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Action<T> Delegate

Encapsulates a method that has a single parameter and does not return a value.

To browse the .NET Framework source code for this type, see the Reference Source.

Namespace:  System
Assembly:  mscorlib (in mscorlib.dll)

public delegate void Action<in T>(
	T obj
)

Type Parameters

in T

The type of the parameter of the method that this delegate encapsulates.

This type parameter is contravariant. That is, you can use either the type you specified or any type that is less derived. For more information about covariance and contravariance, see Covariance and Contravariance in Generics.

Parameters

obj
Type: T

The parameter of the method that this delegate encapsulates.

NoteNote

To view the .NET Framework source code for this type, see the Reference Source. You can browse through the source code online, download the reference for offline viewing, and step through the sources (including patches and updates) during debugging; see instructions.

You can use the Action<T> delegate to pass a method as a parameter without explicitly declaring a custom delegate. The encapsulated method must correspond to the method signature that is defined by this delegate. This means that the encapsulated method must have one parameter that is passed to it by value, and it must not return a value. (In C#, the method must return void. In Visual Basic, it must be defined by the SubEnd Sub construct. It can also be a method that returns a value that is ignored.) Typically, such a method is used to perform an operation.

NoteNote

To reference a method that has one parameter and returns a value, use the generic Func<T, TResult> delegate instead.

When you use the Action<T> delegate, you do not have to explicitly define a delegate that encapsulates a method with a single parameter. For example, the following code explicitly declares a delegate named DisplayMessage and assigns a reference to either the WriteLine method or the ShowWindowsMessage method to its delegate instance.

using System;
using System.Windows.Forms;

delegate void DisplayMessage(string message);

public class TestCustomDelegate
{
   public static void Main()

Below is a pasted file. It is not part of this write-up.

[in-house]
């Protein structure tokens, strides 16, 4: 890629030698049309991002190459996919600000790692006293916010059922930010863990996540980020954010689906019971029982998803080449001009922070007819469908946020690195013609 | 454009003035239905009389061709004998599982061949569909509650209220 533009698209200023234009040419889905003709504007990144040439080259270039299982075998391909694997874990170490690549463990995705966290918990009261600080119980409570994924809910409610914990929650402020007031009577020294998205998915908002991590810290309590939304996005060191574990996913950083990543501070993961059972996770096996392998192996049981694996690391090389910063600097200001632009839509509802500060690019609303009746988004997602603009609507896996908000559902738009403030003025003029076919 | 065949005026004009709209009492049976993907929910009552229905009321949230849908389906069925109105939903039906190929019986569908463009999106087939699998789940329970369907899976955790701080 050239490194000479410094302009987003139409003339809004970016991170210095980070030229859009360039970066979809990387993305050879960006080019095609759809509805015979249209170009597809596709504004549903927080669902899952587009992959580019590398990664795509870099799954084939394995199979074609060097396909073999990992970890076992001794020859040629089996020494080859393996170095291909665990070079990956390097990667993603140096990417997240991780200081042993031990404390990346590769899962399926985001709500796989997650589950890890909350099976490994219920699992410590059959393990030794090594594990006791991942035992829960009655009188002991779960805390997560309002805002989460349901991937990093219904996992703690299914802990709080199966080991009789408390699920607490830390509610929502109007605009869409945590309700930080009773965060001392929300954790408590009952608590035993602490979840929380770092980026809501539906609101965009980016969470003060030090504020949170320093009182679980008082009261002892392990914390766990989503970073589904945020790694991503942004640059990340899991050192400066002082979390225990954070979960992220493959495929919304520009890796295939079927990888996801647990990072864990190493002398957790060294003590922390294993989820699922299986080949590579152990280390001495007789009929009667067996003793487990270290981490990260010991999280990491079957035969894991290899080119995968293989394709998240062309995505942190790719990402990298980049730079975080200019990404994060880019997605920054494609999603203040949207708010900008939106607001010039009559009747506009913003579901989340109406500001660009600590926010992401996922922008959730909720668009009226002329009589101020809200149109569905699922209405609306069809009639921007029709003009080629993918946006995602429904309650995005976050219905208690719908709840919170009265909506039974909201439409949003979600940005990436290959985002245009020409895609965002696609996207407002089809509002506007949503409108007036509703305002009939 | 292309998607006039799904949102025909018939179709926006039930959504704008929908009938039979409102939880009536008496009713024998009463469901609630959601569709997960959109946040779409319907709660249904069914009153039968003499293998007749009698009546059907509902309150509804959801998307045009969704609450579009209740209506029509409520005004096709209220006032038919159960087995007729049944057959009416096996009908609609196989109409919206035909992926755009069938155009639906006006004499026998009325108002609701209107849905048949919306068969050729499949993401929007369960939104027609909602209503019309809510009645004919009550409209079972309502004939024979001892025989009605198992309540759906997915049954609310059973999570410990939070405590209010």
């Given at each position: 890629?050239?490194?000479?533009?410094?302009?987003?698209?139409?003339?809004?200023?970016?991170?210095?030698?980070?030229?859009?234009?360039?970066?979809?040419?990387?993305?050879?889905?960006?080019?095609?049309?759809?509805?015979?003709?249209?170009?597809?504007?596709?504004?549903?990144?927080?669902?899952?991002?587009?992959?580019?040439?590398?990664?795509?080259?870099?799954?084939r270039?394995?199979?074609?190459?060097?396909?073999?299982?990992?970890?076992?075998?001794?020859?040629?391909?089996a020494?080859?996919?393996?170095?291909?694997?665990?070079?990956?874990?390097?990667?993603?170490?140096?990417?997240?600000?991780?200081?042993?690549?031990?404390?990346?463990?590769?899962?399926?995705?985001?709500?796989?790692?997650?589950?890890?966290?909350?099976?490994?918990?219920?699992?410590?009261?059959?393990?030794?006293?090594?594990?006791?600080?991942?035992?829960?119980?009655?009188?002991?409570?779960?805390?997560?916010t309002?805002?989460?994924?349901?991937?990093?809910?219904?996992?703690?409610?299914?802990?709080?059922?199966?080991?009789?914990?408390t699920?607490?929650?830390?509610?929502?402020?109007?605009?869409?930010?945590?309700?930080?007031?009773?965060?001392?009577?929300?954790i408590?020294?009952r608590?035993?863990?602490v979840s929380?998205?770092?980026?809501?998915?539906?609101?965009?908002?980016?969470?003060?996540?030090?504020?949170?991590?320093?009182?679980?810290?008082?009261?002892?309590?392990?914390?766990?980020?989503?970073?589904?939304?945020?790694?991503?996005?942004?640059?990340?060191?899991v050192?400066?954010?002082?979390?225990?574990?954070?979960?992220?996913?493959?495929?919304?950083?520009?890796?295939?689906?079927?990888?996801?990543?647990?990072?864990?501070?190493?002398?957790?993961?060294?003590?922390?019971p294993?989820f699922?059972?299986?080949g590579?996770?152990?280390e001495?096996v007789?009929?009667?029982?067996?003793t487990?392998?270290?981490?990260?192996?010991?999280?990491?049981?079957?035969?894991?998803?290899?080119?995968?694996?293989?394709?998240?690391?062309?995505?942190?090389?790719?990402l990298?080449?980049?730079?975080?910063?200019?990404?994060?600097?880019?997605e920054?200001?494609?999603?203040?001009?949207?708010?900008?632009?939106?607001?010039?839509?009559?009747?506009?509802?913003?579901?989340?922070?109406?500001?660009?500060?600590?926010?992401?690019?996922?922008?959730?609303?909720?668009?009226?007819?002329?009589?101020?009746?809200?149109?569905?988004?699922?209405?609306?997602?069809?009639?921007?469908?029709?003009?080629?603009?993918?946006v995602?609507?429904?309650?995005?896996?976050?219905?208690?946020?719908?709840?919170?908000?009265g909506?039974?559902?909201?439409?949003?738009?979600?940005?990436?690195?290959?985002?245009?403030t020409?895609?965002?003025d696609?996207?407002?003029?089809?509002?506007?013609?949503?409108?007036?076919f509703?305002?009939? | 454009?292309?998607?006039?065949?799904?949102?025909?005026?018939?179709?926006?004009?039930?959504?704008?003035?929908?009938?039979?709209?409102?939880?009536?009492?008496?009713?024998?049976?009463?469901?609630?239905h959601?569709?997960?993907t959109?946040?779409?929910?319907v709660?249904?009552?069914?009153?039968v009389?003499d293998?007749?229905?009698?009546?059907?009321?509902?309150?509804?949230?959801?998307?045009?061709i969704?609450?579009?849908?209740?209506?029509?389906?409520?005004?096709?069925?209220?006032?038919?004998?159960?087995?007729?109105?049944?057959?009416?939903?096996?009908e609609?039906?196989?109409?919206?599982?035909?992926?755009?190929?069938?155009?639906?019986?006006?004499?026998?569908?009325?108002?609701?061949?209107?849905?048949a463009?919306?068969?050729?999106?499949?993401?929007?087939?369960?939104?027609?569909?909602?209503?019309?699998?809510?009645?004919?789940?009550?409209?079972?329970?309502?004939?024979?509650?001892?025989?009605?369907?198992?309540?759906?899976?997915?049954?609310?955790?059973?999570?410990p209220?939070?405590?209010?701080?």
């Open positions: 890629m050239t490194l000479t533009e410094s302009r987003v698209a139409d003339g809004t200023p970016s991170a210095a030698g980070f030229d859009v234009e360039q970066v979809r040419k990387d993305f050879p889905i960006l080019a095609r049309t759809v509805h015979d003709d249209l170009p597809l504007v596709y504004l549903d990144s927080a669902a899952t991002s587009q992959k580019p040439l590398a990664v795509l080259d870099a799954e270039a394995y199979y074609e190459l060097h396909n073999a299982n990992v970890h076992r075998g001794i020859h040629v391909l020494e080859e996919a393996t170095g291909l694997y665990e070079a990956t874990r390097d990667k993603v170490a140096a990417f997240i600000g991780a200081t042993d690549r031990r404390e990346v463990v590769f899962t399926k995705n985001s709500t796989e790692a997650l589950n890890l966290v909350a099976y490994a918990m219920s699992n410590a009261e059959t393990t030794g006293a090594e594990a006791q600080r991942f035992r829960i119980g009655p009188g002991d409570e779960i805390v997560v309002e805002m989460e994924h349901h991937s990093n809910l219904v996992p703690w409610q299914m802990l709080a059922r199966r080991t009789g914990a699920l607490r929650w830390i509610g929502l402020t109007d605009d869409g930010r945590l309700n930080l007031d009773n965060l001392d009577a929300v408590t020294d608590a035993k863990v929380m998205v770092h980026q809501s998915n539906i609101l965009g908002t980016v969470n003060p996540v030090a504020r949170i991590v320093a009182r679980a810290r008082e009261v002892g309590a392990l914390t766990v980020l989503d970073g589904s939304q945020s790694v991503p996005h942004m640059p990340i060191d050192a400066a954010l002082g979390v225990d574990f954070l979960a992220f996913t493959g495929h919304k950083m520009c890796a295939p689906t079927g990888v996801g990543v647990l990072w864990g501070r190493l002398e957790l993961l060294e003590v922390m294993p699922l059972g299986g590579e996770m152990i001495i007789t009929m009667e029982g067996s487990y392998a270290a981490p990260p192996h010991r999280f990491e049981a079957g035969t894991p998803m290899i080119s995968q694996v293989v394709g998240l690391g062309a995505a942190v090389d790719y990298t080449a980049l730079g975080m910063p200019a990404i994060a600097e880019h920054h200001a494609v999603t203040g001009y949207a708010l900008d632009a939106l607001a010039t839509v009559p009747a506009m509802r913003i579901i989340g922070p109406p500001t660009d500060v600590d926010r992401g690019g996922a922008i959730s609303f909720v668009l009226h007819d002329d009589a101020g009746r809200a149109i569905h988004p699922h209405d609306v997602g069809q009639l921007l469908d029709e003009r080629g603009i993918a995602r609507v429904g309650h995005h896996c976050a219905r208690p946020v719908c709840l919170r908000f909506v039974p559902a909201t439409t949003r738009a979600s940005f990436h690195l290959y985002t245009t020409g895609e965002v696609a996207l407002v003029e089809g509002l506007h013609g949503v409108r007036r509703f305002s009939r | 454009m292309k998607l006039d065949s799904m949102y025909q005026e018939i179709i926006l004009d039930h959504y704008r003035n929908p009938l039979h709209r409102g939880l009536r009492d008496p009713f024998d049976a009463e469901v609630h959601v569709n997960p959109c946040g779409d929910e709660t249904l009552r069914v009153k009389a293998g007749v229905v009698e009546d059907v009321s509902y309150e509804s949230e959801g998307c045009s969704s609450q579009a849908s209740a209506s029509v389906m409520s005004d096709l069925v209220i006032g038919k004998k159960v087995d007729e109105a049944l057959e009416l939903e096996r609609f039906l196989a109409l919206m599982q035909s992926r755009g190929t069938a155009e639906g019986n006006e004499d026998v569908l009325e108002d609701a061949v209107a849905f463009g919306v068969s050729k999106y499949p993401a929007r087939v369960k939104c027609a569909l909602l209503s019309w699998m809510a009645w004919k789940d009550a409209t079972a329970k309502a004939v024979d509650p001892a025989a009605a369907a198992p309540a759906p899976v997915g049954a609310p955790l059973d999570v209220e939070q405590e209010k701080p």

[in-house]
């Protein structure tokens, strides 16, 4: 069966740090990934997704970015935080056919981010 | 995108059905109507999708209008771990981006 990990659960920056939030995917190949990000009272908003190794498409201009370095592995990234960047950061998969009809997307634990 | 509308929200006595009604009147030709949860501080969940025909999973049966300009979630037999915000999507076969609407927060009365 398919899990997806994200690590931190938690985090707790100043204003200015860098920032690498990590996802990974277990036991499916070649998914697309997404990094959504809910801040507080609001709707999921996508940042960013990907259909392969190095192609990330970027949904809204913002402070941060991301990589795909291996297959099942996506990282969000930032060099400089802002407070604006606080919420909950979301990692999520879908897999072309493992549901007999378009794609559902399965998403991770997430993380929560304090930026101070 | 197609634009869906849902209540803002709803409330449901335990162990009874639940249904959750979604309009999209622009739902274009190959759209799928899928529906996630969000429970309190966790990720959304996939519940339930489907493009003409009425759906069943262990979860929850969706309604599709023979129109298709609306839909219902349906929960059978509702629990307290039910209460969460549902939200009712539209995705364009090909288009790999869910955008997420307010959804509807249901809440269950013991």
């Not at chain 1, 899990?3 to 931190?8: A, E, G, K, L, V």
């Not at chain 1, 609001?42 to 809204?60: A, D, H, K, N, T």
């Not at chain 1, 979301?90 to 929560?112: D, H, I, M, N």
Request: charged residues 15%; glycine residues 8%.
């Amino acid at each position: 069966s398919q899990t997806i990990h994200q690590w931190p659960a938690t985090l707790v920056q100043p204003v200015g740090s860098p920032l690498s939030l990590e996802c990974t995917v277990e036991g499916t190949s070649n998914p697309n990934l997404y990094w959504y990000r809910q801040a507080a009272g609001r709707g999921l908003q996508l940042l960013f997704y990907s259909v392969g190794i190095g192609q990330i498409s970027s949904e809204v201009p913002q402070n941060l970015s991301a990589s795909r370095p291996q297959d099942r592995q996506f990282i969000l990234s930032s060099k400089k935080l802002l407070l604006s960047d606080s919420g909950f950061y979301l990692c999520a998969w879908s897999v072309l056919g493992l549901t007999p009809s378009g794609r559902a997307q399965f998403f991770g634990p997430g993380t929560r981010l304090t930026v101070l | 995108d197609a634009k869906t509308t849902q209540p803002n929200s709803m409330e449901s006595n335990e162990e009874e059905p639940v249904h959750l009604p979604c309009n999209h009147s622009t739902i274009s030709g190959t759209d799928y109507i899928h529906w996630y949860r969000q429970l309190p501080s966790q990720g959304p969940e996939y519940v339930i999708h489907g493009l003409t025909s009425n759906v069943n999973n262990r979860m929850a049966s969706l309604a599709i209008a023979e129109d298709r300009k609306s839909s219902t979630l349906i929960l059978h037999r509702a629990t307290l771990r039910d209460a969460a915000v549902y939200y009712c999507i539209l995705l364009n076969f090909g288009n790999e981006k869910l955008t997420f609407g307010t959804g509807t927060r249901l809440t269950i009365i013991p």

{
      DisplayMessage messageTarget; 

      if (Environment.GetCommandLineArgs().Length > 1)
         messageTarget = ShowWindowsMessage;
      else
         messageTarget = Console.WriteLine;

      messageTarget("Hello, World!");   
   }      

   private static void ShowWindowsMessage(string message)
   {
      MessageBox.Show(message);      
   }
}

The following example simplifies this code by instantiating the Action<T> delegate instead of explicitly defining a new delegate and assigning a named method to it.

using System;
using System.Windows.Forms;

public class TestAction1
{
   public static void Main()
   {
      Action<string> messageTarget; 

      if (Environment.GetCommandLineArgs().Length > 1)
         messageTarget = ShowWindowsMessage;
      else
         messageTarget = Console.WriteLine;

      messageTarget("Hello, World!");   
   }      

   private static void ShowWindowsMessage(string message)
   {
      MessageBox.Show(message);      
   }
}

You can also use the Action<T> delegate with anonymous methods in C#, as the following example illustrates. (For an introduction to anonymous methods, see Anonymous Methods (C# Programming Guide).)

using System;
using System.Windows.Forms;

public class TestAnonMethod
{
   public static void Main()
   {
      Action<string> messageTarget; 

      if (Environment.GetCommandLineArgs().Length > 1)
         messageTarget = delegate(string s) { ShowWindowsMessage(s); };